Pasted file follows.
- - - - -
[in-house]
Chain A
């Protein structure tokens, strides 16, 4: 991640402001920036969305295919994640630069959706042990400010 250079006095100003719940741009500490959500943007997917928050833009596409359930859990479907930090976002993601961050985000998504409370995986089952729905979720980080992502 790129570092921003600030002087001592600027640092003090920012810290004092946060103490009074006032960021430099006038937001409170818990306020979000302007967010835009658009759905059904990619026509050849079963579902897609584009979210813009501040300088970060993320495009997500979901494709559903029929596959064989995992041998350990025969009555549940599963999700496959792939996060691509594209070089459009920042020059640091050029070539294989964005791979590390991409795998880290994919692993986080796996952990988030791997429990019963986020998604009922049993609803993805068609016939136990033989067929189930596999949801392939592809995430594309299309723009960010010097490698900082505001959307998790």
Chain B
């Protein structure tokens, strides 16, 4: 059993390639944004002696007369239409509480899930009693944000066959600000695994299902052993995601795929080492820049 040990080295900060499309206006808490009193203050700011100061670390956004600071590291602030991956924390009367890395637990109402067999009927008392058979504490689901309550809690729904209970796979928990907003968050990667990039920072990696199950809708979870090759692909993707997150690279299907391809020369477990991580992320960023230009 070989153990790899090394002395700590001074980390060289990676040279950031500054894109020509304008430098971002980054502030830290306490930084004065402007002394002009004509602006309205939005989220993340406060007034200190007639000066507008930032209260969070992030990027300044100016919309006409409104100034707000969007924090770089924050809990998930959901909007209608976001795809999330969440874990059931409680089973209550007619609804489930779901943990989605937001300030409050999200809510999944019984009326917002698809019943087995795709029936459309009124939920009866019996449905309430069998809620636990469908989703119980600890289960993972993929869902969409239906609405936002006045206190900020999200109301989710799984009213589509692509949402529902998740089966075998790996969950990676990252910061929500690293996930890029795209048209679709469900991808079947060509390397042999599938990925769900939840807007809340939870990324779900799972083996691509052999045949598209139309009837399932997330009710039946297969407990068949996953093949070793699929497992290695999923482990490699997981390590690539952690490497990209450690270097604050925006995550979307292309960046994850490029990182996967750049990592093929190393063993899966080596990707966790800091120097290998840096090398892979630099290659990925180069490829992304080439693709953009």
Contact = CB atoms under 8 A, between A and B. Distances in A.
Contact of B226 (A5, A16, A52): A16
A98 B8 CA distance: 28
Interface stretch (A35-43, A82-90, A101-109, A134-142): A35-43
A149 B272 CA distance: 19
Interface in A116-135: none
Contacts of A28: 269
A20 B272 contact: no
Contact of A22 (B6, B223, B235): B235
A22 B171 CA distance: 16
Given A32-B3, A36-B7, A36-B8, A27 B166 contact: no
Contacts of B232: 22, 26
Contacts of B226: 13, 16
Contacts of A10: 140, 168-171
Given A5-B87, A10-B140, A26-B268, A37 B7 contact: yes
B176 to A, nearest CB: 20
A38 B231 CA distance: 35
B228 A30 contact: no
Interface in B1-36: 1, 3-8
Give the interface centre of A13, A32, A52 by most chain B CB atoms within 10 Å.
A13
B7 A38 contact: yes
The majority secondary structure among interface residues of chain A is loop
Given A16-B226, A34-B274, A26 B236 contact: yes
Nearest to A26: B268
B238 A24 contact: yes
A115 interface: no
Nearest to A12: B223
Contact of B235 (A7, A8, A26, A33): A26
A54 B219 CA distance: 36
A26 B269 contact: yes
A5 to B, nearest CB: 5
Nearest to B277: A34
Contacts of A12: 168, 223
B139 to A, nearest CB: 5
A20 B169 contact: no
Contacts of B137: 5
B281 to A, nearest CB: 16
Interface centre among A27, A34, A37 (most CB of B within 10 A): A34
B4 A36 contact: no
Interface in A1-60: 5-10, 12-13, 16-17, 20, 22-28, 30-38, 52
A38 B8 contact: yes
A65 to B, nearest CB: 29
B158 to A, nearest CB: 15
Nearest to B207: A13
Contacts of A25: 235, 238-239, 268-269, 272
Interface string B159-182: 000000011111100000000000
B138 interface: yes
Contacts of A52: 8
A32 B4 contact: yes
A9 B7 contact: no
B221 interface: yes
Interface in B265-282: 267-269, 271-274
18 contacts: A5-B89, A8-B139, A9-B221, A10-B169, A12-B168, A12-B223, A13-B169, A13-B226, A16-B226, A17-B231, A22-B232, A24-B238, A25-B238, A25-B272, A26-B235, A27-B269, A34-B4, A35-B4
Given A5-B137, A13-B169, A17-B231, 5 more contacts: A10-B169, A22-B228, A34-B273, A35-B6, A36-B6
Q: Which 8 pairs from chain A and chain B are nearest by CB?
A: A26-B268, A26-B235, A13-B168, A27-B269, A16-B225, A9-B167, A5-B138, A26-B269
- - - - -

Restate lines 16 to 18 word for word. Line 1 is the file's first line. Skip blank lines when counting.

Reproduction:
Given A32-B3, A36-B7, A36-B8, A27 B166 contact: no
Contacts of B232: 22, 26
Contacts of B226: 13, 16